Another Study Shows Vaccines Don't Cause Autism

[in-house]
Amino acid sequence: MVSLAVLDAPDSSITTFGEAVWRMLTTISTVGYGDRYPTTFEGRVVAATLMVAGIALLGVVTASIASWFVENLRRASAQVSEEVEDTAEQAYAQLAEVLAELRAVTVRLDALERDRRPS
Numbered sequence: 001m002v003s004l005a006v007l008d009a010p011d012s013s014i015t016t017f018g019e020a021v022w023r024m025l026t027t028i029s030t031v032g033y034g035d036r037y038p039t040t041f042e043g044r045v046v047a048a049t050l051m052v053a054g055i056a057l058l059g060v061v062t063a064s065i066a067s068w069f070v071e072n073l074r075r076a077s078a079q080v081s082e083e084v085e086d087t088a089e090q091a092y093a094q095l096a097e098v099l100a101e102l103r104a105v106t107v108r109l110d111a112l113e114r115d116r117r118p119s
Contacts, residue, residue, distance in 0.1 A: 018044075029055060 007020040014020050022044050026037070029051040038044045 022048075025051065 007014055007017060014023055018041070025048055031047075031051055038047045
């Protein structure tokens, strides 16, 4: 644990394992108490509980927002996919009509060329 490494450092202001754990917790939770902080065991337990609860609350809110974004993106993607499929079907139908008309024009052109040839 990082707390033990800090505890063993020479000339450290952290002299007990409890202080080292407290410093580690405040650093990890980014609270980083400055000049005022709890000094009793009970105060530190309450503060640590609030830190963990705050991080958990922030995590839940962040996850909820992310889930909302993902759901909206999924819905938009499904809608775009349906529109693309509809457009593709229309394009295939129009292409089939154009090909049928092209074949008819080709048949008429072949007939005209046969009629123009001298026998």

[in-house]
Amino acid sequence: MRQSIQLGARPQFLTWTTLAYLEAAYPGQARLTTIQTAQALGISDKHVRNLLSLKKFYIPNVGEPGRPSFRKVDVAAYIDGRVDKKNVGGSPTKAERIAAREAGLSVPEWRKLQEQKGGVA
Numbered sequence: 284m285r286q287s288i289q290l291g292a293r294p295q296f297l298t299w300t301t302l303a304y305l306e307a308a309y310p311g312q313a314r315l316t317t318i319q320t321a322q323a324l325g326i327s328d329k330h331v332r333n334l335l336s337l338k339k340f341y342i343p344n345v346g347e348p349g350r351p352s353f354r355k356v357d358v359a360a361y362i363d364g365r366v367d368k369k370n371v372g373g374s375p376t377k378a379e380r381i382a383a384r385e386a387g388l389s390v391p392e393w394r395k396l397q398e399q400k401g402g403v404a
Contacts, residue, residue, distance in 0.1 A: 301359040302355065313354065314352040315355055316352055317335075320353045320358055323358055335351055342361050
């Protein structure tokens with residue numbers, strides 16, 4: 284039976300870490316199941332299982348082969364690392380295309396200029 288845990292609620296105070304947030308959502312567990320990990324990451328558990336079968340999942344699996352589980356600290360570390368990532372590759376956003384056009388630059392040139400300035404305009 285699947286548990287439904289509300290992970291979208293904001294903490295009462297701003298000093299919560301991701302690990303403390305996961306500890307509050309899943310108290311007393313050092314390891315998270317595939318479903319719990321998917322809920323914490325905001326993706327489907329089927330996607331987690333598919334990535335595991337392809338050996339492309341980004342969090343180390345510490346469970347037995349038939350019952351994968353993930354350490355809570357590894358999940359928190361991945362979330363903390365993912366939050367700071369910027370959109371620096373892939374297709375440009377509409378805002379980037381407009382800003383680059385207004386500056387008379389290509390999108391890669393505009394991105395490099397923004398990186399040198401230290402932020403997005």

A new study takes a special look at high-risk children with older siblings diagnosed with autism to show that vaccines don't cause autism. These high-risk children aren't more likely to develop autism if they're vaccinated, according to the report in the Journal of the American Medical Association. "We found that there was no harmful association between receipt of the MMR (measles, mumps and rubella) vaccine and development of autism spectrum disorder," said Dr. Anjali Jain of the Lewin Group, a health consulting group in Falls Church, Virginia, who led the study. Kids with older brothers and sisters with autism were less likely to be vaccinated but those who were vaccinated were no more likely than the unvaccinated children to develop autism, Jain's team found.

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